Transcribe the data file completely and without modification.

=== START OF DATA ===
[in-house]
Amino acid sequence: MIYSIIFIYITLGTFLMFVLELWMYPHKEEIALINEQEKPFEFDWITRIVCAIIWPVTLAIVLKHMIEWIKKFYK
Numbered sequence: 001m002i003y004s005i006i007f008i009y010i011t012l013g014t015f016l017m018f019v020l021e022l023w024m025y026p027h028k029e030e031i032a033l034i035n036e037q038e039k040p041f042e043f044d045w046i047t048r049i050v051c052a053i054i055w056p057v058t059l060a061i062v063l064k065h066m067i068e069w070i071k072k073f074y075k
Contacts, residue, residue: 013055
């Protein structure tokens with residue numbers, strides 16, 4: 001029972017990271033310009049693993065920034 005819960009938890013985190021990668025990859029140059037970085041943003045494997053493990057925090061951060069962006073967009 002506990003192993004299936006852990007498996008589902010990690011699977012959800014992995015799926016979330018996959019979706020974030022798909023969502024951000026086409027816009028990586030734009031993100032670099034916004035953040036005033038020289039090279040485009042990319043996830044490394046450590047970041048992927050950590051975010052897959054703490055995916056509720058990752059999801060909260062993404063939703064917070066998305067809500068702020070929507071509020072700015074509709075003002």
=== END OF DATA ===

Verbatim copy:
[in-house]
Amino acid sequence: MIYSIIFIYITLGTFLMFVLELWMYPHKEEIALINEQEKPFEFDWITRIVCAIIWPVTLAIVLKHMIEWIKKFYK
Numbered sequence: 001m002i003y004s005i006i007f008i009y010i011t012l013g014t015f016l017m018f019v020l021e022l023w024m025y026p027h028k029e030e031i032a033l034i035n036e037q038e039k040p041f042e043f044d045w046i047t048r049i050v051c052a053i054i055w056p057v058t059l060a061i062v063l064k065h066m067i068e069w070i071k072k073f074y075k
Contacts, residue, residue: 013055
């Protein structure tokens with residue numbers, strides 16, 4: 001029972017990271033310009049693993065920034 005819960009938890013985190021990668025990859029140059037970085041943003045494997053493990057925090061951060069962006073967009 002506990003192993004299936006852990007498996008589902010990690011699977012959800014992995015799926016979330018996959019979706020974030022798909023969502024951000026086409027816009028990586030734009031993100032670099034916004035953040036005033038020289039090279040485009042990319043996830044490394046450590047970041048992927050950590051975010052897959054703490055995916056509720058990752059999801060909260062993404063939703064917070066998305067809500068702020070929507071509020072700015074509709075003002």